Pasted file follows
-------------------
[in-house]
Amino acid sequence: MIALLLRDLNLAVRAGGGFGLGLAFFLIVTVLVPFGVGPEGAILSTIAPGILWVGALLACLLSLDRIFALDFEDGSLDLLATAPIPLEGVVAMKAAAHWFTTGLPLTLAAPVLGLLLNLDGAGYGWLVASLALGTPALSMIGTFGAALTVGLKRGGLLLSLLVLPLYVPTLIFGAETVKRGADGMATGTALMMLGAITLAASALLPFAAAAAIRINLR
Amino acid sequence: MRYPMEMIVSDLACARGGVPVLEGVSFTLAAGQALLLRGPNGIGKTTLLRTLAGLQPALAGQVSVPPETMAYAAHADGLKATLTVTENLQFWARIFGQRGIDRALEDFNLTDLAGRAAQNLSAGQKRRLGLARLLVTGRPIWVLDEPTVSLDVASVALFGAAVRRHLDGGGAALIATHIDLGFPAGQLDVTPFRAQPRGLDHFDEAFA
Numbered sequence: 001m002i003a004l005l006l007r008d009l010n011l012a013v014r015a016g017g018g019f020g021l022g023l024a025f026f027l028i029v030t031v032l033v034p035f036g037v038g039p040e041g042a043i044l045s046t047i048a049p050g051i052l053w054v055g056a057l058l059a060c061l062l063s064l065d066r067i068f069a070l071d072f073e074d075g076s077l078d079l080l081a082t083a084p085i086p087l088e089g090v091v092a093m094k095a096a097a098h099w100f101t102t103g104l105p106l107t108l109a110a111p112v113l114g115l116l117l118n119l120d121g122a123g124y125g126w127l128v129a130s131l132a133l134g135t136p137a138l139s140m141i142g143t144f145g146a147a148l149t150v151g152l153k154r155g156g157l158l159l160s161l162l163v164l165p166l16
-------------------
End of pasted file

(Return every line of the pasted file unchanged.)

[in-house]
Amino acid sequence: MIALLLRDLNLAVRAGGGFGLGLAFFLIVTVLVPFGVGPEGAILSTIAPGILWVGALLACLLSLDRIFALDFEDGSLDLLATAPIPLEGVVAMKAAAHWFTTGLPLTLAAPVLGLLLNLDGAGYGWLVASLALGTPALSMIGTFGAALTVGLKRGGLLLSLLVLPLYVPTLIFGAETVKRGADGMATGTALMMLGAITLAASALLPFAAAAAIRINLR
Amino acid sequence: MRYPMEMIVSDLACARGGVPVLEGVSFTLAAGQALLLRGPNGIGKTTLLRTLAGLQPALAGQVSVPPETMAYAAHADGLKATLTVTENLQFWARIFGQRGIDRALEDFNLTDLAGRAAQNLSAGQKRRLGLARLLVTGRPIWVLDEPTVSLDVASVALFGAAVRRHLDGGGAALIATHIDLGFPAGQLDVTPFRAQPRGLDHFDEAFA
Numbered sequence: 001m002i003a004l005l006l007r008d009l010n011l012a013v014r015a016g017g018g019f020g021l022g023l024a025f026f027l028i029v030t031v032l033v034p035f036g037v038g039p040e041g042a043i044l045s046t047i048a049p050g051i052l053w054v055g056a057l058l059a060c061l062l063s064l065d066r067i068f069a070l071d072f073e074d075g076s077l078d079l080l081a082t083a084p085i086p087l088e089g090v091v092a093m094k095a096a097a098h099w100f101t102t103g104l105p106l107t108l109a110a111p112v113l114g115l116l117l118n119l120d121g122a123g124y125g126w127l128v129a130s131l132a133l134g135t136p137a138l139s140m141i142g143t144f145g146a147a148l149t150v151g152l153k154r155g156g157l158l159l160s161l162l163v164l165p166l16